|4.||Consider future learning needs in relation to the law, policy and practice of safeguarding children||Compile a personal development plan identifying how future learning needs in relation to the law, policy and practice of safeguarding children will be met|
Your achievement of the learning outcomes for this module will be tested as follows:
|Description||One 3000 word assignment||Personal Development Plan detailing how future learning needs in relation to safeguarding children will be met|
There are no prerequisites for this module.
No restrictions apply.
Bainham, A (2005) Children: The Modern Law. Bristol family Law.
Bedingfield, D (2005) Advocacy in Family Proceedings. Family Law.
Bedingfield, D (2007) Child In Need. Family Law.
Brammer, A (2006) Social Work Law (2nd Edn) Longman.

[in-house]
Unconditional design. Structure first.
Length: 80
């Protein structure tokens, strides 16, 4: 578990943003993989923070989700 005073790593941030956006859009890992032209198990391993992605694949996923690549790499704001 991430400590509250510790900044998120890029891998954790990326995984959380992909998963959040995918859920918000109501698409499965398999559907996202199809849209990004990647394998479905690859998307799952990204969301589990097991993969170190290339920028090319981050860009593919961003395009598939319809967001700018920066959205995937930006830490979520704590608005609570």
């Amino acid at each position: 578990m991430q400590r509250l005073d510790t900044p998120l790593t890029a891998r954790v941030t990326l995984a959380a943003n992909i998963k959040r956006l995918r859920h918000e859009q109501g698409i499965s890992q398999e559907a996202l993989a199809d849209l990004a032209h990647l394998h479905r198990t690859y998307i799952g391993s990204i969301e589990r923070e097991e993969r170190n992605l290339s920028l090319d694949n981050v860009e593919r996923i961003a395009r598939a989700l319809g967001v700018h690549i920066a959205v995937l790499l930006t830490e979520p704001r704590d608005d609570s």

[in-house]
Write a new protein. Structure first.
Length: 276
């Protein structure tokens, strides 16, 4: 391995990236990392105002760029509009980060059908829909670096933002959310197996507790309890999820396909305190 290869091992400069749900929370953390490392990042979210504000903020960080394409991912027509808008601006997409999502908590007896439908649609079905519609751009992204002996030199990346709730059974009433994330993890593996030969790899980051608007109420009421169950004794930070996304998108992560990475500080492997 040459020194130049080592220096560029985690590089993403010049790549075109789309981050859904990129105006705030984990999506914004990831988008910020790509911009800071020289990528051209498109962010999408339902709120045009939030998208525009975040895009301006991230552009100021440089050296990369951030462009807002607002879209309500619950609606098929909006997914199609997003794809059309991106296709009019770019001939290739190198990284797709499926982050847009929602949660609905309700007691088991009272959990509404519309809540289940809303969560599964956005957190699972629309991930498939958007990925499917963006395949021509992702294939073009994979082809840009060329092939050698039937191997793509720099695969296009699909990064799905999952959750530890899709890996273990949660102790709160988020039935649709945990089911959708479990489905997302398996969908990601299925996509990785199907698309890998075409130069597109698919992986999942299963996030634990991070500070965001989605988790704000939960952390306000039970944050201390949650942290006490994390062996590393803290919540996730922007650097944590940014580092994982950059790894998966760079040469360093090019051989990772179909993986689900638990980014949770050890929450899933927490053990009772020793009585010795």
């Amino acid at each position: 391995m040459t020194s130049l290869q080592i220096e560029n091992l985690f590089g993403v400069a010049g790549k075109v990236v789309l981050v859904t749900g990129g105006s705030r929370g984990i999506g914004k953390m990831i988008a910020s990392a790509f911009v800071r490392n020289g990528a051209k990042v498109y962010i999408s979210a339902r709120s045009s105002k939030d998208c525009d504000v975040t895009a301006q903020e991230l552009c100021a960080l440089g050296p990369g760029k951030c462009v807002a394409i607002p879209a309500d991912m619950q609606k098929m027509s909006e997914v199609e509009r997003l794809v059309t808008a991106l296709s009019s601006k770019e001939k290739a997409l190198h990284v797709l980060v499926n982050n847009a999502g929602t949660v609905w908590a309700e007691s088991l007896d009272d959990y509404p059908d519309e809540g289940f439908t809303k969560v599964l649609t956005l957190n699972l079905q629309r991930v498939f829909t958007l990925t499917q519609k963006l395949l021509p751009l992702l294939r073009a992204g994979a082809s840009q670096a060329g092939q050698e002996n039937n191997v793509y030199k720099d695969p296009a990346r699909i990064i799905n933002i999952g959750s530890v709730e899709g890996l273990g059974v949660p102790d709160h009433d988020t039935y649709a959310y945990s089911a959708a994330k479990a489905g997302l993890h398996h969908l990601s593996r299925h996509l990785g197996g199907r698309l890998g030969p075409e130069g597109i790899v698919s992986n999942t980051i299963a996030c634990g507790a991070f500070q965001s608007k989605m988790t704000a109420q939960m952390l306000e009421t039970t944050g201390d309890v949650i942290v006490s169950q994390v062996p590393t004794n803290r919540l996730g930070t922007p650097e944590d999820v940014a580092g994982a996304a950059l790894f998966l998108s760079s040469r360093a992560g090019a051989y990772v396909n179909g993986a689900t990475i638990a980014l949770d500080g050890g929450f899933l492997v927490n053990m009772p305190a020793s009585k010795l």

Bridge, C., Heation, C., Swindells, H (2006) Adoption: The Modern Procedure. Family Law.
Cleland, A (2007) Child Abuse, Child Protection & the Law. W. Green
Cullen, D., Lane, M (2005) Child Care Law: A Summary of the Law in England & Wales. British Association for Adoption & Fostering
Druss Fodor, M (2001) Megan's Law: Protection or Privacy
Fox Harding, L (1997) Perspectives in Child Care Policy. Prentice Hall
Guggenheim, M (2007) What's wrong with children's rights? Harvard University Press
Hoyano, LCH., Keenan, C (2007) Child Abuse Law & Policy: Across Boundaries. Oxford University Press.
Mahendra, B (2006) Adult Psychiatry in Family & Child Law. Family Law.
McFarlane, A., Reardon, M (2006) Child Care & Adoption Law: A Practical Guide. Family Law.
McFarlane, A (2007) Children Act Handbook 2007/8. Family Law.
Mitchells, B., James, H (2001) Child Care Protection Law & Practice. Routledge Cavendish.
Monk, D., Bridgeman, J (2000) Feminist Perspectives on Child Law. Routledge Cavendish
Prest, C., Wildblood, S (2005) Children Law: An Interdisciplinary Handbook. Family Law
Stevenson, K., Davies, A., Gunn, M (2004) Blackstone's Guide to the Sexual Offences act. Oxford University Press.
Ward, R., Bird, R (2005) Domestic Violence, Crime & Victims Act 2004: A Practitioner's Guide. Jordans